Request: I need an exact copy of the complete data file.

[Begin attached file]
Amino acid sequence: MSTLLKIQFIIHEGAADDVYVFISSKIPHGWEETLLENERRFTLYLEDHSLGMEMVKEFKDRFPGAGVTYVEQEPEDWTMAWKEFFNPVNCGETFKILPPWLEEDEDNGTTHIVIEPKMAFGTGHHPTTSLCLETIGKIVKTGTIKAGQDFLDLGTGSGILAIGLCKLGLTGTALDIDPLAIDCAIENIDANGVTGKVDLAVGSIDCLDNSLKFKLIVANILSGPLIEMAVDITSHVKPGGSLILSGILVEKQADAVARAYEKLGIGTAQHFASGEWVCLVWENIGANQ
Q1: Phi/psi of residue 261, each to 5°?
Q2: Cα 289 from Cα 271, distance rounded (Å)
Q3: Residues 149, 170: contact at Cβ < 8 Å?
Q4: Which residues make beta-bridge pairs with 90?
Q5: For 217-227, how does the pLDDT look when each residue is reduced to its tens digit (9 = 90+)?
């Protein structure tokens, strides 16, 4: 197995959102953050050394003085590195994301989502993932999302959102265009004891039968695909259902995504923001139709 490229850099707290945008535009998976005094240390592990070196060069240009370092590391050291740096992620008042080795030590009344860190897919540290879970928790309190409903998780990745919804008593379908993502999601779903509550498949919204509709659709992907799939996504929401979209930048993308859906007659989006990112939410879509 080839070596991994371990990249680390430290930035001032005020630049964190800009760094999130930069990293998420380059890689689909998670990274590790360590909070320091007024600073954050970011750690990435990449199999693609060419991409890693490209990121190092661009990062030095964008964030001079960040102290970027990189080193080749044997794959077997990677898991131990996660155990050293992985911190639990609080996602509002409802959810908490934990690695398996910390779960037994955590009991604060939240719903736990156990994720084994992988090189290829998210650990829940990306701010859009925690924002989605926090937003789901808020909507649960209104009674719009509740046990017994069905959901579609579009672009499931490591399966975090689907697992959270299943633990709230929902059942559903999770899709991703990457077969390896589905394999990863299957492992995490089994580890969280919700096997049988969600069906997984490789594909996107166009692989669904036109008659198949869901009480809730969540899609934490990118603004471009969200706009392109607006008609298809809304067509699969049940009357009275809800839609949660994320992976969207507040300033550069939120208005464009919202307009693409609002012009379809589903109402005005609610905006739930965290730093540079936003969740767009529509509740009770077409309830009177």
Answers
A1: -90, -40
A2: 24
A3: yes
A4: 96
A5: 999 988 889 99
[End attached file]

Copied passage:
Amino acid sequence: MSTLLKIQFIIHEGAADDVYVFISSKIPHGWEETLLENERRFTLYLEDHSLGMEMVKEFKDRFPGAGVTYVEQEPEDWTMAWKEFFNPVNCGETFKILPPWLEEDEDNGTTHIVIEPKMAFGTGHHPTTSLCLETIGKIVKTGTIKAGQDFLDLGTGSGILAIGLCKLGLTGTALDIDPLAIDCAIENIDANGVTGKVDLAVGSIDCLDNSLKFKLIVANILSGPLIEMAVDITSHVKPGGSLILSGILVEKQADAVARAYEKLGIGTAQHFASGEWVCLVWENIGANQ
Q1: Phi/psi of residue 261, each to 5°?
Q2: Cα 289 from Cα 271, distance rounded (Å)
Q3: Residues 149, 170: contact at Cβ < 8 Å?
Q4: Which residues make beta-bridge pairs with 90?
Q5: For 217-227, how does the pLDDT look when each residue is reduced to its tens digit (9 = 90+)?
């Protein structure tokens, strides 16, 4: 197995959102953050050394003085590195994301989502993932999302959102265009004891039968695909259902995504923001139709 490229850099707290945008535009998976005094240390592990070196060069240009370092590391050291740096992620008042080795030590009344860190897919540290879970928790309190409903998780990745919804008593379908993502999601779903509550498949919204509709659709992907799939996504929401979209930048993308859906007659989006990112939410879509 080839070596991994371990990249680390430290930035001032005020630049964190800009760094999130930069990293998420380059890689689909998670990274590790360590909070320091007024600073954050970011750690990435990449199999693609060419991409890693490209990121190092661009990062030095964008964030001079960040102290970027990189080193080749044997794959077997990677898991131990996660155990050293992985911190639990609080996602509002409802959810908490934990690695398996910390779960037994955590009991604060939240719903736990156990994720084994992988090189290829998210650990829940990306701010859009925690924002989605926090937003789901808020909507649960209104009674719009509740046990017994069905959901579609579009672009499931490591399966975090689907697992959270299943633990709230929902059942559903999770899709991703990457077969390896589905394999990863299957492992995490089994580890969280919700096997049988969600069906997984490789594909996107166009692989669904036109008659198949869901009480809730969540899609934490990118603004471009969200706009392109607006008609298809809304067509699969049940009357009275809800839609949660994320992976969207507040300033550069939120208005464009919202307009693409609002012009379809589903109402005005609610905006739930965290730093540079936003969740767009529509509740009770077409309830009177």
Answers
A1: -90, -40
A2: 24
A3: yes
A4: 96
A5: 999 988 889 99